Incomplete reproductive isolation between Rhododendron taxa enables hybrid formation and persistence

Document Type


Publication Date


Publication Title

Journal of Integrative Plant Biology



First Page


Last Page



© 2018 Institute of Botany, Chinese Academy of Sciences The evolutionary consequences of hybridization ultimately depend on the magnitude of reproductive isolation between hybrids and their parents. We evaluated the relative contributions of pre- and post-zygotic barriers to reproduction for hybrid formation, hybrid persistence and potential for reproductive isolation of hybrids formed between two Rhododendron species, R. spiciferum and R. spinuliferum. Our study established that incomplete reproductive isolation promotes hybrid formation and persistence and delays hybrid speciation. All pre-zygotic barriers to reproduction leading to hybrid formation are incomplete: parental species have overlapping flowering; they share the same pollinators; reciprocal assessments of pollen tube germination and growth do not differ among parents. The absence of post-zygotic barriers between parental taxa indicates that the persistence of hybrids is likely. Reproductive isolation was incomplete between hybrids and parents in all cases studied, although asymmetric differences in reproductive fitness were prevalent and possibly explain the genetic structure of natural hybrid swarms where hybridization is known to be bidirectional but asymmetric. Introgression, rather than speciation, is a probable evolutionary outcome of hybridization between the two Rhododendron taxa. Our study provides insights into understanding the evolutionary implications of natural hybridization in woody plants.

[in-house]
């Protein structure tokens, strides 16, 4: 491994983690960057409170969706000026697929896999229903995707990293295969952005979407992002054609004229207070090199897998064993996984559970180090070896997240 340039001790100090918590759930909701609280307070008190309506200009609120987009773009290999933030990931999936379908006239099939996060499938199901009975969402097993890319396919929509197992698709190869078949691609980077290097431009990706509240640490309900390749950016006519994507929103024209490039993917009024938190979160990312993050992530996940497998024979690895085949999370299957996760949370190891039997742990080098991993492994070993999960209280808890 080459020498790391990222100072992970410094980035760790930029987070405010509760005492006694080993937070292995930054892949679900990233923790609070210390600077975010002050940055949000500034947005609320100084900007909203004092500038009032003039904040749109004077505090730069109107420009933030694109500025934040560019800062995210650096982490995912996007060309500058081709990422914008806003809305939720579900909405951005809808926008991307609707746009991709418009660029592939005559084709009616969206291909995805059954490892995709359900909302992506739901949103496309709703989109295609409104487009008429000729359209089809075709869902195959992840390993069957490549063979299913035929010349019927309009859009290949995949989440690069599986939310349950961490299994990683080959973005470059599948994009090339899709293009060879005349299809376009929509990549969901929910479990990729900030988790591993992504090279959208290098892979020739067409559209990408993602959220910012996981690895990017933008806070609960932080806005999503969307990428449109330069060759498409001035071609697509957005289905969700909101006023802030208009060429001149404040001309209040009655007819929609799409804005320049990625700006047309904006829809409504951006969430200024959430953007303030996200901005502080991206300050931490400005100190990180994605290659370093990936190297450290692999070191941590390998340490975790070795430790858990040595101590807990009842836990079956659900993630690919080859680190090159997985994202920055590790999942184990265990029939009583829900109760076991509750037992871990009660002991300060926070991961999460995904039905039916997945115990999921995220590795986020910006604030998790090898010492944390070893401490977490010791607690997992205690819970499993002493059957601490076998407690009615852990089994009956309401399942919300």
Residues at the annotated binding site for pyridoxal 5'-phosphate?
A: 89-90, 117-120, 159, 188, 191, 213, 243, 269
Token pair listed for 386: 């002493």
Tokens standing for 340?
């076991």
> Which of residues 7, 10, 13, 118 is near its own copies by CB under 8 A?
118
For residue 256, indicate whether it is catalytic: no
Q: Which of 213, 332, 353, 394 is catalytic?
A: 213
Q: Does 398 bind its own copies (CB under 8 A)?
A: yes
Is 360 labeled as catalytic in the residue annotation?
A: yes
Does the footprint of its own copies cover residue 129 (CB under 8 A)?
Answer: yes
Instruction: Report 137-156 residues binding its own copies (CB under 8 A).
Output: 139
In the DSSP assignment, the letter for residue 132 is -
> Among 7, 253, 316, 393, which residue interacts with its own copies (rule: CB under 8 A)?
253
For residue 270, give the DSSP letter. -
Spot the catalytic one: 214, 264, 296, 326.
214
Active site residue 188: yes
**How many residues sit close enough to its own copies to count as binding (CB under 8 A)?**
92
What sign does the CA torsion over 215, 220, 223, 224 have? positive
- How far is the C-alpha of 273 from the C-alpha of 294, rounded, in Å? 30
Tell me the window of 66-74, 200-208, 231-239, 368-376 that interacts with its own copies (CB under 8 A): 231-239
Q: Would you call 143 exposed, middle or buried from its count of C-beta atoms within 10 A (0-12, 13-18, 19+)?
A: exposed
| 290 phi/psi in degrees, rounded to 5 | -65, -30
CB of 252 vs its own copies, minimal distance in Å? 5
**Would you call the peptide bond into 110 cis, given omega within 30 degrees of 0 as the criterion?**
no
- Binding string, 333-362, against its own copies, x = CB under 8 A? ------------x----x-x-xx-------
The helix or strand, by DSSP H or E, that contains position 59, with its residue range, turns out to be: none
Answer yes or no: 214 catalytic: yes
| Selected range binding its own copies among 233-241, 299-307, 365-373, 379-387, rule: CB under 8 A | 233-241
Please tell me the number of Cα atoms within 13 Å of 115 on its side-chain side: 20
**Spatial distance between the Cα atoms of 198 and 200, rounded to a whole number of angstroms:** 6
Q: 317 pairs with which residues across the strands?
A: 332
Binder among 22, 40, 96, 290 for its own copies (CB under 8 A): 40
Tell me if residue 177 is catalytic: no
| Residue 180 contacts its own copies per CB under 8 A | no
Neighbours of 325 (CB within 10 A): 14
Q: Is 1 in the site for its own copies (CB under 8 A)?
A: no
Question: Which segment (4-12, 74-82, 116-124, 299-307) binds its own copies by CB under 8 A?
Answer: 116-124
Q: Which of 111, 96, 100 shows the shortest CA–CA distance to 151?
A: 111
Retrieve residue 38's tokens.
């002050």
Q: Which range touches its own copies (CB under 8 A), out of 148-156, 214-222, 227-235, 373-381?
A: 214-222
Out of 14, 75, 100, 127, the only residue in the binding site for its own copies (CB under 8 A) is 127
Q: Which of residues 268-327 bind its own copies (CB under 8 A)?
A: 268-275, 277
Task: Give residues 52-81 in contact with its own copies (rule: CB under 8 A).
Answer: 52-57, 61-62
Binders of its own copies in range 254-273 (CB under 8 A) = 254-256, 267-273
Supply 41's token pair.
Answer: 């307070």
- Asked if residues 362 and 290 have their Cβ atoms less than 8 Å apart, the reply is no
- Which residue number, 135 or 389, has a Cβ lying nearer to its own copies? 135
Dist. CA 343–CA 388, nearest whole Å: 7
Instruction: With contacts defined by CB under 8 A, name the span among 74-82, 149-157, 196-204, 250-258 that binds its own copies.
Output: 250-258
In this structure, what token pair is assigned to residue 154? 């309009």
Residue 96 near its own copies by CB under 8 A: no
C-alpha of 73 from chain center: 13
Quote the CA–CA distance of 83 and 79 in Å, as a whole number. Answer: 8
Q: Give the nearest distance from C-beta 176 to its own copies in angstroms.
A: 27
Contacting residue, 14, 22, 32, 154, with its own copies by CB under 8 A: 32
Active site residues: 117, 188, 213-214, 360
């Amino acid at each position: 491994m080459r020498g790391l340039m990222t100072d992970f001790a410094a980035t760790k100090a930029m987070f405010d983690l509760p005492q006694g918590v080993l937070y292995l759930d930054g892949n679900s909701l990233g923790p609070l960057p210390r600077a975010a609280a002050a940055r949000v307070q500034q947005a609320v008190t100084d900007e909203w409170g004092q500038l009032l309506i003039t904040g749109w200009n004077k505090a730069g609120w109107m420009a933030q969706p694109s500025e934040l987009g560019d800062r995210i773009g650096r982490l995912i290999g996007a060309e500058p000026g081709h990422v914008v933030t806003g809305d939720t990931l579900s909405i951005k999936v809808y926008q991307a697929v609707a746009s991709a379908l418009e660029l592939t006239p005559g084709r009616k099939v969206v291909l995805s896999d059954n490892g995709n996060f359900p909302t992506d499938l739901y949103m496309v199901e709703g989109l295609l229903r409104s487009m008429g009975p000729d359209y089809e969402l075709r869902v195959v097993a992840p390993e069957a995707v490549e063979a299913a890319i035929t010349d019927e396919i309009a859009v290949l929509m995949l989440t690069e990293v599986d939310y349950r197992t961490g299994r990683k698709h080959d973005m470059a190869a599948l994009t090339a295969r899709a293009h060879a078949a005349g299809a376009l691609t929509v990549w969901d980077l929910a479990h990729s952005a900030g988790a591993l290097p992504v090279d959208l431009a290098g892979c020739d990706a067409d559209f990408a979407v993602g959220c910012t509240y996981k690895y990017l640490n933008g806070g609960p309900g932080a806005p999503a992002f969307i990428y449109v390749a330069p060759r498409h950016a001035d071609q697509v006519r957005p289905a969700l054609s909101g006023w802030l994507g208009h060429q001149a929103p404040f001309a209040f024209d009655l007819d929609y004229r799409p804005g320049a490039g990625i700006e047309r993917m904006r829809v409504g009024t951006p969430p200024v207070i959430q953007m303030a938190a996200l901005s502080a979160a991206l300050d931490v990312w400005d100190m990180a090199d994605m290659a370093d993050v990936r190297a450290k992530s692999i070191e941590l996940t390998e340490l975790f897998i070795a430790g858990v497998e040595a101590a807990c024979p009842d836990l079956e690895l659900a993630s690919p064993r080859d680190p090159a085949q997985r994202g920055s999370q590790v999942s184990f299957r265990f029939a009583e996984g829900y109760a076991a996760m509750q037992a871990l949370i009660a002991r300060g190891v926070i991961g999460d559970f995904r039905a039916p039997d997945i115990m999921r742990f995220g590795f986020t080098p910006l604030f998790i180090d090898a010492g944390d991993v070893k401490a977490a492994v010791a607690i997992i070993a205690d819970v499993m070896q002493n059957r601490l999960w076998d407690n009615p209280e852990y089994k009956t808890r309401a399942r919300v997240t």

This document is currently not available here.